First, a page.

You can see that the validateFields() function has 3 built-in validation methods that use predefined classnames:

  • js-validation-email
  • js-validation-min-xx
  • js-validation-max-xx

You can add as many custom validations here as you’d like, for any number of fields. The validateEmails() function will select all inputs with the class “js-validation-email” and use a predefined regex to validate the value.

The validateIntegerMin()/validateIntegerMax() functions are for validating integer fields. You can enter any valid integer in the class name, for example “js-validation-min-100.” This will set the minimum value of that field to 100. A class name of “js-validation-max-100” will work similarly, setting the maximum value to 100. You can even use these classes together to set a minimum and maximum value: “js-validation-min-100 js-validation-max-200.”


3. Test it out!

With the custom script now loading on the page, upload a file then attempt to submit the form without an email address. The page will not postback, and you will receive an error stating that the email field is required. If you enter an invalid email, you will receive another error message, but the file will remain uploaded during the whole process. Once the email is valid, the form will submit as usual.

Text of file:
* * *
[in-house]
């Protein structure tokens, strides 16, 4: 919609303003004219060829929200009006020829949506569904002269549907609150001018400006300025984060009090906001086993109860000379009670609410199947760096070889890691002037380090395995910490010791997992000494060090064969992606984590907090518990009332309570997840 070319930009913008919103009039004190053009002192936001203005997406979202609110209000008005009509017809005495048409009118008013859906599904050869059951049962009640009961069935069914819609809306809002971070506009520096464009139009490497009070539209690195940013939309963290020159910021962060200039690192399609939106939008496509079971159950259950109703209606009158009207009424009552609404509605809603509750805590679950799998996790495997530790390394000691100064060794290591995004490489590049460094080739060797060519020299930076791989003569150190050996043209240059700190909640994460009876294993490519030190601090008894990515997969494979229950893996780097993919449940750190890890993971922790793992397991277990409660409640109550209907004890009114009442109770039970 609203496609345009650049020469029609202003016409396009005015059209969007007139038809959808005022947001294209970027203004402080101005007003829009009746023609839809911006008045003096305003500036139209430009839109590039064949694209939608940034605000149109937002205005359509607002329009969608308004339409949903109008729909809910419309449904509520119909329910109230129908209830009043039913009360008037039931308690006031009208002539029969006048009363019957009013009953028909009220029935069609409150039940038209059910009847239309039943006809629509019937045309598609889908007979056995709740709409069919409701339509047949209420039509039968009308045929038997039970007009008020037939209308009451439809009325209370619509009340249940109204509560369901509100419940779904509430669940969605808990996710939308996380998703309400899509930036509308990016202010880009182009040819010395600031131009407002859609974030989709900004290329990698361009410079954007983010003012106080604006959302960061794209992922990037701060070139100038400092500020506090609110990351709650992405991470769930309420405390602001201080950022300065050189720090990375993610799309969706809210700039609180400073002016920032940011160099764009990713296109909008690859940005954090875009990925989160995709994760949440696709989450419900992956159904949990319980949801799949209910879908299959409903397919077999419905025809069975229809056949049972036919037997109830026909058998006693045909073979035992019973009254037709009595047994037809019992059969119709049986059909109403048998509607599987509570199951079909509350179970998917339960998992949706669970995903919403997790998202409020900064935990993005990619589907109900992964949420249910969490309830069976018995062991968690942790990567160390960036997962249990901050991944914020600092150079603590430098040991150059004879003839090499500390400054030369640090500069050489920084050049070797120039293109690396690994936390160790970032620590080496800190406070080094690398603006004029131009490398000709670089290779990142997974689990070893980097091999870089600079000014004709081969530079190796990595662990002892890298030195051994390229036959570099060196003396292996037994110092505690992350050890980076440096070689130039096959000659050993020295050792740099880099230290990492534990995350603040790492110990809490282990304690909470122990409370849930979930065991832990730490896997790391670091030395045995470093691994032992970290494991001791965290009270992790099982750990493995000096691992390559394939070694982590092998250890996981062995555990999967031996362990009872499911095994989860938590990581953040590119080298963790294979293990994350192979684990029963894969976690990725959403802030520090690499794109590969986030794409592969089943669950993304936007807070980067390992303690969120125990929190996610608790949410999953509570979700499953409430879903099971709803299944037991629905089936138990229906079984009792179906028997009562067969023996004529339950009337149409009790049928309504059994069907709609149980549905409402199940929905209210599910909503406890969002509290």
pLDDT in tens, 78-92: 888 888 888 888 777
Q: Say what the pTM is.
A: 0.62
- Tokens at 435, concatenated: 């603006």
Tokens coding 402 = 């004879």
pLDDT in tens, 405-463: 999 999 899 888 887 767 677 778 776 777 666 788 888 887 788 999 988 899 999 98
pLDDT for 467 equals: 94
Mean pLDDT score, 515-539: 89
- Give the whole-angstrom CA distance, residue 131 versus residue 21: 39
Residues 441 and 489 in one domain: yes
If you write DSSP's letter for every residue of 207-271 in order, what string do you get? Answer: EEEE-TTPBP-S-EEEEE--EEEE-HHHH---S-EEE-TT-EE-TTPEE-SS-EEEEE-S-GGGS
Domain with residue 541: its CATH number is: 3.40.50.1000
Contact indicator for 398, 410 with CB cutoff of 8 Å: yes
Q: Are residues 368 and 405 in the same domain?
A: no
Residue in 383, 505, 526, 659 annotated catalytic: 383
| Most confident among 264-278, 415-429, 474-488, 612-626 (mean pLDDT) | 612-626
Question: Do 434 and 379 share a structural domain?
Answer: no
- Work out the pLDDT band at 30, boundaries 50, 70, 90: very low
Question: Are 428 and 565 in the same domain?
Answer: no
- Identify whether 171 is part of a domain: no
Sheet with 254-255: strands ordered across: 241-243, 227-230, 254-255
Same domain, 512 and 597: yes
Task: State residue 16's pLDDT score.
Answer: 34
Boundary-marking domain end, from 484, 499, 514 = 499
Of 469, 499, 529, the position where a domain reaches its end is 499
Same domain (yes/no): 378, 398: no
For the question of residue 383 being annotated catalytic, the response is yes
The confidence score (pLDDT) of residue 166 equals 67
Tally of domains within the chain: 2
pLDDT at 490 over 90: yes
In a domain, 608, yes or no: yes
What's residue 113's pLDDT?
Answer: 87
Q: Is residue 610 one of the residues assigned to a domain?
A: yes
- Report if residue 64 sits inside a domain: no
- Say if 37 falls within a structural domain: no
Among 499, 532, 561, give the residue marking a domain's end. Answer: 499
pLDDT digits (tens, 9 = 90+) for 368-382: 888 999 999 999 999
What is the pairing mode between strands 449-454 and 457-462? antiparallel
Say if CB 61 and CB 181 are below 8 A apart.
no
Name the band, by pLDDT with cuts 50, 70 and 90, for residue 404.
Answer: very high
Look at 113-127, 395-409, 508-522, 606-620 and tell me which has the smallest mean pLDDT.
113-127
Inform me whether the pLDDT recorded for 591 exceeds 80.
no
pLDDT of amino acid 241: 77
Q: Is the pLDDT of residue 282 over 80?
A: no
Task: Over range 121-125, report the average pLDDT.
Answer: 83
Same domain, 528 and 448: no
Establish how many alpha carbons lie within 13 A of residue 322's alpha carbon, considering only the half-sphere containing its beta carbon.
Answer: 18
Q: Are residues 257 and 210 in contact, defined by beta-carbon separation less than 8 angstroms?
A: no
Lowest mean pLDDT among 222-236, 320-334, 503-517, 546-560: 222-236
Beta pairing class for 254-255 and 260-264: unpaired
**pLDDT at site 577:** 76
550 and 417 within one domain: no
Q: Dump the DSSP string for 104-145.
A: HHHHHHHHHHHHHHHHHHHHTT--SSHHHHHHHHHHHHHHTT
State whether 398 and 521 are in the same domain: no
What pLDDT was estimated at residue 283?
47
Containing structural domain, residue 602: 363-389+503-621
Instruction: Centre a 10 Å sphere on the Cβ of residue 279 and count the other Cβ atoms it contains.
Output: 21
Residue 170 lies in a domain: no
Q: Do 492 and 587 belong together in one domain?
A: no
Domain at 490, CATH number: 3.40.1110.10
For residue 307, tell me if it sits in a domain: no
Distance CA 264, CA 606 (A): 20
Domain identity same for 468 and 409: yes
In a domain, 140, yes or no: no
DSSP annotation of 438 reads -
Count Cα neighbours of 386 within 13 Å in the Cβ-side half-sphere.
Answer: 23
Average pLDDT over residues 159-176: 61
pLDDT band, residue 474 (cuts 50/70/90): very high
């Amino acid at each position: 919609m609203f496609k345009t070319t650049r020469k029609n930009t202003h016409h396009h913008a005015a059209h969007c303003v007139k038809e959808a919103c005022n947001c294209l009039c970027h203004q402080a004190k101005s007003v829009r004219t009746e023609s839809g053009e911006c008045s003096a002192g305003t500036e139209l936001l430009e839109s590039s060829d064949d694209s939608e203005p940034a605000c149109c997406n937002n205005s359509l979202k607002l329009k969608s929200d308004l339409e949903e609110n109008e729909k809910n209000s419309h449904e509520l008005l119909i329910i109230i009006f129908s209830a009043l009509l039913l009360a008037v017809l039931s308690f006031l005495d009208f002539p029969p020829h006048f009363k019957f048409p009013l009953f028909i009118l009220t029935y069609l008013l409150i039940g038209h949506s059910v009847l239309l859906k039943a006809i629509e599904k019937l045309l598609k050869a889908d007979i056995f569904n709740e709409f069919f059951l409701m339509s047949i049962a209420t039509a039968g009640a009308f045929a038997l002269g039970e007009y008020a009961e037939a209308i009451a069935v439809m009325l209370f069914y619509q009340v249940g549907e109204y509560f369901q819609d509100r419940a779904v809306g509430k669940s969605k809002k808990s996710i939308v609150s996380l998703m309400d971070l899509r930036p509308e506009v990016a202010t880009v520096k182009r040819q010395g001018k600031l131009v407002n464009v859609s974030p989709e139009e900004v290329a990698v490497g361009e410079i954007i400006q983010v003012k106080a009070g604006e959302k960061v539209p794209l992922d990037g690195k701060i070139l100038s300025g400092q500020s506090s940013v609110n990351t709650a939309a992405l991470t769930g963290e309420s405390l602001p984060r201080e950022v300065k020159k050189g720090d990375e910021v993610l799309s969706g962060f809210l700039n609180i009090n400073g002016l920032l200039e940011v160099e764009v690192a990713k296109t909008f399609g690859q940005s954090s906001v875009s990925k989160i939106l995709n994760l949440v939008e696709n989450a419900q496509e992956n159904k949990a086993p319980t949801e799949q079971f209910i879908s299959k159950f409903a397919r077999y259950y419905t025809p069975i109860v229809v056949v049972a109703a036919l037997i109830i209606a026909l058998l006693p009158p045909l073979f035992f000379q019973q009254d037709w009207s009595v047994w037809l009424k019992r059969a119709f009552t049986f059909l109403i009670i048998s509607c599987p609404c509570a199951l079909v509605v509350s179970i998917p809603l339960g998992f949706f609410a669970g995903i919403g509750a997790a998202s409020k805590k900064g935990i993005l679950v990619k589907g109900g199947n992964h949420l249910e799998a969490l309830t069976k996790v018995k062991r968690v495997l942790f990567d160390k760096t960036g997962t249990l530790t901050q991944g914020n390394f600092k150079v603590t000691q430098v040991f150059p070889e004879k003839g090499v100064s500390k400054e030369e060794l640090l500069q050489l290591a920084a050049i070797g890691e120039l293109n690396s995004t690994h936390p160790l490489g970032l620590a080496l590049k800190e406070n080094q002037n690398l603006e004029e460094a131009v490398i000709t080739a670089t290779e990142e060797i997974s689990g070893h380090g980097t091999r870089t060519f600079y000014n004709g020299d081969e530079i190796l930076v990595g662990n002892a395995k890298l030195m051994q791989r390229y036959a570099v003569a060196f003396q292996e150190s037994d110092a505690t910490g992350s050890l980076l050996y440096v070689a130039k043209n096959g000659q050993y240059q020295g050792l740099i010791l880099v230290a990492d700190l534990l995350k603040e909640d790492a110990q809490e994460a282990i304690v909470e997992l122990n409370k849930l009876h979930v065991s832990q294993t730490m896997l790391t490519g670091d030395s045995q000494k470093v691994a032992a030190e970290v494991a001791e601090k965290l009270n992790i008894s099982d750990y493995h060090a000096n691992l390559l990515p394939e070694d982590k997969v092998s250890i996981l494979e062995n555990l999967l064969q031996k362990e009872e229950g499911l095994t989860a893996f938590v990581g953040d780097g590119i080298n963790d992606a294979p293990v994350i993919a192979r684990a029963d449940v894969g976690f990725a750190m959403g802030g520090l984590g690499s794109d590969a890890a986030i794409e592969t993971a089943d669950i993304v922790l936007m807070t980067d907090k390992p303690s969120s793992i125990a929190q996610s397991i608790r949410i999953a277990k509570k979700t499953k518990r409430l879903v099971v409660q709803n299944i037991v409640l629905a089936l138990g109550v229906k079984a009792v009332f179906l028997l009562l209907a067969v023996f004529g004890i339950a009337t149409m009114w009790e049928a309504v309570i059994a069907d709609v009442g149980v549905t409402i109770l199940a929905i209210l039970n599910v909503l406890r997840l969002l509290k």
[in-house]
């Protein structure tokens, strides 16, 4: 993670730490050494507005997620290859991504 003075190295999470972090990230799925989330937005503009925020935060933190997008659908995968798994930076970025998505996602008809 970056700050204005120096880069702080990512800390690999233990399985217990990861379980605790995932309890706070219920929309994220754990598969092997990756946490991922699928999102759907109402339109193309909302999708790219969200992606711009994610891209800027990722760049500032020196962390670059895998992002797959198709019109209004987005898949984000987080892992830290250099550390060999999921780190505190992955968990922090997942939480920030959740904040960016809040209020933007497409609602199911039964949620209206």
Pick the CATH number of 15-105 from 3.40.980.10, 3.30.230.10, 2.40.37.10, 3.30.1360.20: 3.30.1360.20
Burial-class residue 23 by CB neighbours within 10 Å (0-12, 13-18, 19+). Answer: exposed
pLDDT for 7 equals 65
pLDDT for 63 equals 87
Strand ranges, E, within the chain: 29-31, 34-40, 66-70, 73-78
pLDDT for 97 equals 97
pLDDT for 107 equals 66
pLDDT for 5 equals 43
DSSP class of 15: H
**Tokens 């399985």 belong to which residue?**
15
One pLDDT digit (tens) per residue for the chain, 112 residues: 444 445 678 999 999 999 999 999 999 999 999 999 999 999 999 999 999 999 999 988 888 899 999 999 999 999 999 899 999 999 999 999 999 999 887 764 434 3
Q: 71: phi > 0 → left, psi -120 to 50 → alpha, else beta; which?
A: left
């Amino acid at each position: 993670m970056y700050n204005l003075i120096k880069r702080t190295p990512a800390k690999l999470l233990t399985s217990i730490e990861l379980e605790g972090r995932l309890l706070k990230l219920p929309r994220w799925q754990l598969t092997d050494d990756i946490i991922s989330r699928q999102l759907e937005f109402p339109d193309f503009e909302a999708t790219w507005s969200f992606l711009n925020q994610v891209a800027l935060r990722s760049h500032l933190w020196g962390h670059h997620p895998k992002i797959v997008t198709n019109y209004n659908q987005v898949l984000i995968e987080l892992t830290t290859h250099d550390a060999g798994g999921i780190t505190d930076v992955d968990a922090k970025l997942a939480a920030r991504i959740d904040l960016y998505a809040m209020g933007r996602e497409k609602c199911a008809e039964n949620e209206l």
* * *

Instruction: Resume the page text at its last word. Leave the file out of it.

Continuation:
This is only one example of why you would want to use this functionality, and only contains validation for two types of data. This sample code can be expanded upon to include validation for any number of fields. Another example of usage for the functionality would be to validate fields against the results of an AJAX call, submitting this information to a third-party javascript application, custom site analytics, and many others.


Special cases

In many cases, you will need to pay close attention to where the Control CSS class from Step #1 appears in the control’s generated HTML. For example, when using a Calendar form control, the CSS class is applied to a <span> rather than the <input> box.

To validate this field from javascript, you would need to get the input by selecting the children of the <span> element.